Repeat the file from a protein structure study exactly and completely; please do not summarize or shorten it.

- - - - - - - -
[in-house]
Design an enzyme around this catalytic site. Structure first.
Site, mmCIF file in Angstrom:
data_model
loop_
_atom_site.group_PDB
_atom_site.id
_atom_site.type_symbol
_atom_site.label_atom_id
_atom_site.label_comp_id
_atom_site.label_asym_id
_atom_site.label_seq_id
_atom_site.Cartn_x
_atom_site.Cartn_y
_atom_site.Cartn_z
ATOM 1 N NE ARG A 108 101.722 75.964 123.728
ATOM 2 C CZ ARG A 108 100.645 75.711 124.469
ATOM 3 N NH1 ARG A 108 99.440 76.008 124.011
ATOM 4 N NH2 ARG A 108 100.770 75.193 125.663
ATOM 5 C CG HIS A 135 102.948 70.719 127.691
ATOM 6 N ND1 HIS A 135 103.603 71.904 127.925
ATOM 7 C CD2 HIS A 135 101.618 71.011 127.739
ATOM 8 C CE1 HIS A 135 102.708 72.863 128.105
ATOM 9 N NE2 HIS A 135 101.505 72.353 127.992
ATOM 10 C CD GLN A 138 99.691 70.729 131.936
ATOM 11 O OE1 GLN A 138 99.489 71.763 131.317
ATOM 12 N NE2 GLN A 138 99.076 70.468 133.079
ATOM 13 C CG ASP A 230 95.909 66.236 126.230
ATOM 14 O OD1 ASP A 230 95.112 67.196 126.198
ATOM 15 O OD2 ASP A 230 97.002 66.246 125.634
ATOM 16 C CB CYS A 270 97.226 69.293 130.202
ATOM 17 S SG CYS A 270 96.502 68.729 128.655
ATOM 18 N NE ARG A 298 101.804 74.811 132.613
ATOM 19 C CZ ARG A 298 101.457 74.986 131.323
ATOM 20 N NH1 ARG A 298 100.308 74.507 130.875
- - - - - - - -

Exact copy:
[in-house]
Design an enzyme around this catalytic site. Structure first.
Site, mmCIF file in Angstrom:
data_model
loop_
_atom_site.group_PDB
_atom_site.id
_atom_site.type_symbol
_atom_site.label_atom_id
_atom_site.label_comp_id
_atom_site.label_asym_id
_atom_site.label_seq_id
_atom_site.Cartn_x
_atom_site.Cartn_y
_atom_site.Cartn_z
ATOM 1 N NE ARG A 108 101.722 75.964 123.728
ATOM 2 C CZ ARG A 108 100.645 75.711 124.469
ATOM 3 N NH1 ARG A 108 99.440 76.008 124.011
ATOM 4 N NH2 ARG A 108 100.770 75.193 125.663
ATOM 5 C CG HIS A 135 102.948 70.719 127.691
ATOM 6 N ND1 HIS A 135 103.603 71.904 127.925
ATOM 7 C CD2 HIS A 135 101.618 71.011 127.739
ATOM 8 C CE1 HIS A 135 102.708 72.863 128.105
ATOM 9 N NE2 HIS A 135 101.505 72.353 127.992
ATOM 10 C CD GLN A 138 99.691 70.729 131.936
ATOM 11 O OE1 GLN A 138 99.489 71.763 131.317
ATOM 12 N NE2 GLN A 138 99.076 70.468 133.079
ATOM 13 C CG ASP A 230 95.909 66.236 126.230
ATOM 14 O OD1 ASP A 230 95.112 67.196 126.198
ATOM 15 O OD2 ASP A 230 97.002 66.246 125.634
ATOM 16 C CB CYS A 270 97.226 69.293 130.202
ATOM 17 S SG CYS A 270 96.502 68.729 128.655
ATOM 18 N NE ARG A 298 101.804 74.811 132.613
ATOM 19 C CZ ARG A 298 101.457 74.986 131.323
ATOM 20 N NH1 ARG A 298 100.308 74.507 130.875